Until I began working for Blue Danube, I, like the majority of Americans, had never tasted a wine from Bosnia and Herzegovina. Clearly, I was missing out; the region is steeped in ancient winemaking tradition. By comparison, these Balkan countries make France seem very New-World. The reason grapes have been cultivated here for thousands of years is simple: their terroir, the confluence of the sunny maritime climate and mountains produces robust grapes. This entry focuses on the 2006 Vranac from Monastery Tvrdos of the Trebinje region of Herzegovina. The Tvrdos Monastery sits on the banks of the picturesque Trebišnjica river, 15 miles as the crow flies or, due to circuitous roads, a two hours drive from the Adriatic coast. It is here that the river erodes topsoil, creating the fields of karst endemic to this region. Although hot summers and mild winters characterize the region, winds blow simultaneously from both the nearby Dinaric mountains and the Adriatic. The indigenous grapes, the white varietal, Zilavka, and Vranac have been grown in the region for centuries. Vranac is a supposed relative of the Croatian Plavac Mali, the ancestor of the Californian Zinfandel. The monastery is perched on the foundation of a 4th-century … Continue reading 2006 Monastery Tvrdos Vranac: Twice as Nice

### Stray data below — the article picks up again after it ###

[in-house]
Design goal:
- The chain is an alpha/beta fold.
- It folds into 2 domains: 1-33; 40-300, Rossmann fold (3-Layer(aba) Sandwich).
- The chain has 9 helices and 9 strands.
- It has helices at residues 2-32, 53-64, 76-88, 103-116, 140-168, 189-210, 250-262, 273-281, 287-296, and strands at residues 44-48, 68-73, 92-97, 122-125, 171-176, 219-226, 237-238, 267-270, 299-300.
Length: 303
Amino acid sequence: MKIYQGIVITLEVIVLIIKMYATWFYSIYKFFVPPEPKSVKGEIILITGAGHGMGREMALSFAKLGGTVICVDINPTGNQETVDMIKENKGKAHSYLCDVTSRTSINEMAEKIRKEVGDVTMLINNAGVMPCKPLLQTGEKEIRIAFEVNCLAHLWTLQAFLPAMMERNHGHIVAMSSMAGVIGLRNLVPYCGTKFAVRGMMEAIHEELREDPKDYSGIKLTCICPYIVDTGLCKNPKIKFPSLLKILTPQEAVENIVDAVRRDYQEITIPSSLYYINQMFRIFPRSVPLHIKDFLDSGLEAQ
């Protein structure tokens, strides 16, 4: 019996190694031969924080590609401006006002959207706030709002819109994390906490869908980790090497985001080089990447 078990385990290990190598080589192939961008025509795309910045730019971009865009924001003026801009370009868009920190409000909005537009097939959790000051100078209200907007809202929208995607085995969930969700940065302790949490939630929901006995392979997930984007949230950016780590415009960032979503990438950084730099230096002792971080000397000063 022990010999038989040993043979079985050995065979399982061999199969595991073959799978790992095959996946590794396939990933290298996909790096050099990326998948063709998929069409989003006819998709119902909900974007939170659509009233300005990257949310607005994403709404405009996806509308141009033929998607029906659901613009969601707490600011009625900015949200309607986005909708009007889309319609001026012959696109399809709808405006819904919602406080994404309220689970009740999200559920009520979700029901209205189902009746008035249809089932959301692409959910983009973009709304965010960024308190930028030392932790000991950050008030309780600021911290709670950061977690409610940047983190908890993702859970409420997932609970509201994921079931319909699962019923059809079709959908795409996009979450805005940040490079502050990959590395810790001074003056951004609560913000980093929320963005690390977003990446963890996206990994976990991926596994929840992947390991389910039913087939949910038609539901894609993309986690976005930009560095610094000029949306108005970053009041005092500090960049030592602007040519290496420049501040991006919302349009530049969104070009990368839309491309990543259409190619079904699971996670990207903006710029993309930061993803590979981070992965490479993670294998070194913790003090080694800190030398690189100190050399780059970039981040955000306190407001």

What a memorable way to begin my career with Blue Danube! The other Saturday, Frank and I introduced some of Blue Danube’s current Slovenian portfolio at the Slovenian fair in San Francisco. It was both charming and informative discussing Slovenian wine with Slovenians. More than once did a Kabaj wine invoke a smile and a personal history. Cheerful strains of a Slovenian folk duo consisting of an accordion and a stringed fretted bass instrument echoed in the hall while some of the more free spirited Slovenians danced. The entertainment made for a great tasting atmosphere. The crowd favorite of the tasting was the Crnko Yellow Muscat. One of my favorite wines we were tasting was the Stoka Teran 2009-a fleet wine with an intense raspberry flavor, and touches of cinnamon and pepper. All in all, I couldn’t have asked for a more delightful introduction to Slovenian wine culture and Slovenian culture at large. Plus, now I know how well the Stoka Teran pairs with mushroom brie.